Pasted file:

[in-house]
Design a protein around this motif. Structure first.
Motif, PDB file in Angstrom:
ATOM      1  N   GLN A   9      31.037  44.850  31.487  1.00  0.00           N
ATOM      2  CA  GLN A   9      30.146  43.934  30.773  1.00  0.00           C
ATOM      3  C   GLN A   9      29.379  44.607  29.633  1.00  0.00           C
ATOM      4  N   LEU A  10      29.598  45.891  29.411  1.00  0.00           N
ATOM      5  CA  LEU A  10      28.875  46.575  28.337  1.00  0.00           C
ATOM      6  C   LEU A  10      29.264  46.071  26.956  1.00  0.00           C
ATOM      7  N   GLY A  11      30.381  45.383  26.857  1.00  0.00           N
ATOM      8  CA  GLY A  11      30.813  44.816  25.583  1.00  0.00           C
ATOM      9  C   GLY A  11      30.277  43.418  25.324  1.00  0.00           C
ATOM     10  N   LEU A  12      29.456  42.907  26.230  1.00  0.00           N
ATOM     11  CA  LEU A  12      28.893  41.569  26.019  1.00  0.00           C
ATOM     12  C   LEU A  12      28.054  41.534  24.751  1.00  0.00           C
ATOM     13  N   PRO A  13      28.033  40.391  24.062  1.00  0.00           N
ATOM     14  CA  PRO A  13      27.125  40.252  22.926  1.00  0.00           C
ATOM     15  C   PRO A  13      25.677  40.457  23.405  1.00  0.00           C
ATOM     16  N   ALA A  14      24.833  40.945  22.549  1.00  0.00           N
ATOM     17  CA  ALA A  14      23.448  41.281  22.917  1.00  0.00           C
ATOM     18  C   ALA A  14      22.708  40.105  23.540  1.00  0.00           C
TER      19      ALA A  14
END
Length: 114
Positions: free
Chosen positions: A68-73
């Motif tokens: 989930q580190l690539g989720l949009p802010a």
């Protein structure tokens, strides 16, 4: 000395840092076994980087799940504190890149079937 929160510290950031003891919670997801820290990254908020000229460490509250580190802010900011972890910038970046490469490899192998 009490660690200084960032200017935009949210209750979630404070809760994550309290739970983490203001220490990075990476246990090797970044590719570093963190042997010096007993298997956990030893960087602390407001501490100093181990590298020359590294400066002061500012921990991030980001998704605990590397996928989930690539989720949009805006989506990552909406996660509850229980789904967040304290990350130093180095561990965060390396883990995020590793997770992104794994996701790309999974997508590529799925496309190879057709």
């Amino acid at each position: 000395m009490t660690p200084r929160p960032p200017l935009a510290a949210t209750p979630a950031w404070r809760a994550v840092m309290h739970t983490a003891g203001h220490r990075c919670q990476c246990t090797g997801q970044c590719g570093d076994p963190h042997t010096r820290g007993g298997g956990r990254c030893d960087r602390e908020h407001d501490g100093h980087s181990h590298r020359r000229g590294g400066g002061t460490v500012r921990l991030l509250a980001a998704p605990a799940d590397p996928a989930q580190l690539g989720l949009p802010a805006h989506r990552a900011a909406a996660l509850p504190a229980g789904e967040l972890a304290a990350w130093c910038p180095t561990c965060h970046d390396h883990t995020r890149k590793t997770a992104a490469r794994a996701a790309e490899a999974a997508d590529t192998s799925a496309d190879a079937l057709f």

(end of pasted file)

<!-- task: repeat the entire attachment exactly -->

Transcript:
[in-house]
Design a protein around this motif. Structure first.
Motif, PDB file in Angstrom:
ATOM      1  N   GLN A   9      31.037  44.850  31.487  1.00  0.00           N
ATOM      2  CA  GLN A   9      30.146  43.934  30.773  1.00  0.00           C
ATOM      3  C   GLN A   9      29.379  44.607  29.633  1.00  0.00           C
ATOM      4  N   LEU A  10      29.598  45.891  29.411  1.00  0.00           N
ATOM      5  CA  LEU A  10      28.875  46.575  28.337  1.00  0.00           C
ATOM      6  C   LEU A  10      29.264  46.071  26.956  1.00  0.00           C
ATOM      7  N   GLY A  11      30.381  45.383  26.857  1.00  0.00           N
ATOM      8  CA  GLY A  11      30.813  44.816  25.583  1.00  0.00           C
ATOM      9  C   GLY A  11      30.277  43.418  25.324  1.00  0.00           C
ATOM     10  N   LEU A  12      29.456  42.907  26.230  1.00  0.00           N
ATOM     11  CA  LEU A  12      28.893  41.569  26.019  1.00  0.00           C
ATOM     12  C   LEU A  12      28.054  41.534  24.751  1.00  0.00           C
ATOM     13  N   PRO A  13      28.033  40.391  24.062  1.00  0.00           N
ATOM     14  CA  PRO A  13      27.125  40.252  22.926  1.00  0.00           C
ATOM     15  C   PRO A  13      25.677  40.457  23.405  1.00  0.00           C
ATOM     16  N   ALA A  14      24.833  40.945  22.549  1.00  0.00           N
ATOM     17  CA  ALA A  14      23.448  41.281  22.917  1.00  0.00           C
ATOM     18  C   ALA A  14      22.708  40.105  23.540  1.00  0.00           C
TER      19      ALA A  14
END
Length: 114
Positions: free
Chosen positions: A68-73
């Motif tokens: 989930q580190l690539g989720l949009p802010a």
């Protein structure tokens, strides 16, 4: 000395840092076994980087799940504190890149079937 929160510290950031003891919670997801820290990254908020000229460490509250580190802010900011972890910038970046490469490899192998 009490660690200084960032200017935009949210209750979630404070809760994550309290739970983490203001220490990075990476246990090797970044590719570093963190042997010096007993298997956990030893960087602390407001501490100093181990590298020359590294400066002061500012921990991030980001998704605990590397996928989930690539989720949009805006989506990552909406996660509850229980789904967040304290990350130093180095561990965060390396883990995020590793997770992104794994996701790309999974997508590529799925496309190879057709």
């Amino acid at each position: 000395m009490t660690p200084r929160p960032p200017l935009a510290a949210t209750p979630a950031w404070r809760a994550v840092m309290h739970t983490a003891g203001h220490r990075c919670q990476c246990t090797g997801q970044c590719g570093d076994p963190h042997t010096r820290g007993g298997g956990r990254c030893d960087r602390e908020h407001d501490g100093h980087s181990h590298r020359r000229g590294g400066g002061t460490v500012r921990l991030l509250a980001a998704p605990a799940d590397p996928a989930q580190l690539g989720l949009p802010a805006h989506r990552a900011a909406a996660l509850p504190a229980g789904e967040l972890a304290a990350w130093c910038p180095t561990c965060h970046d390396h883990t995020r890149k590793t997770a992104a490469r794994a996701a790309e490899a999974a997508d590529t192998s799925a496309d190879a079937l057709f």